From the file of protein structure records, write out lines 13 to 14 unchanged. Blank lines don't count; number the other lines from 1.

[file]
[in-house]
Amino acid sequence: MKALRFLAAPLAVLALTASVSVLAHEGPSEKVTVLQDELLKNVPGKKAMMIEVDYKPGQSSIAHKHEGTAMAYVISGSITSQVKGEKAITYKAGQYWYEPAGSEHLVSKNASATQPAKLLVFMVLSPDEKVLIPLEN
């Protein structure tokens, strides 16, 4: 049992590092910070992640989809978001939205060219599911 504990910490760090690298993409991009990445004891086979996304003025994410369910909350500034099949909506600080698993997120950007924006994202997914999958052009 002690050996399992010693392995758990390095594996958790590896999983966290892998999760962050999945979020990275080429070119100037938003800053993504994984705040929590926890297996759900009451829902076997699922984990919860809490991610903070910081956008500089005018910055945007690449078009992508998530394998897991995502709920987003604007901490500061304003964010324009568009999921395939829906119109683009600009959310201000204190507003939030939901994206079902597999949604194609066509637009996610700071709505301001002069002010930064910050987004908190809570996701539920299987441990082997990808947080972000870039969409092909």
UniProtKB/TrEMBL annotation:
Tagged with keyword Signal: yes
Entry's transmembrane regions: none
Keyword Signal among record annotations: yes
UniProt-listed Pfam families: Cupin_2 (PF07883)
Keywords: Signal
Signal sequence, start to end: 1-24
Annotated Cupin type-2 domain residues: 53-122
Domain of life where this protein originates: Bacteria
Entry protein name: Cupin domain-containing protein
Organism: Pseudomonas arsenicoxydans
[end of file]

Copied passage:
Entry protein name: Cupin domain-containing protein
Organism: Pseudomonas arsenicoxydans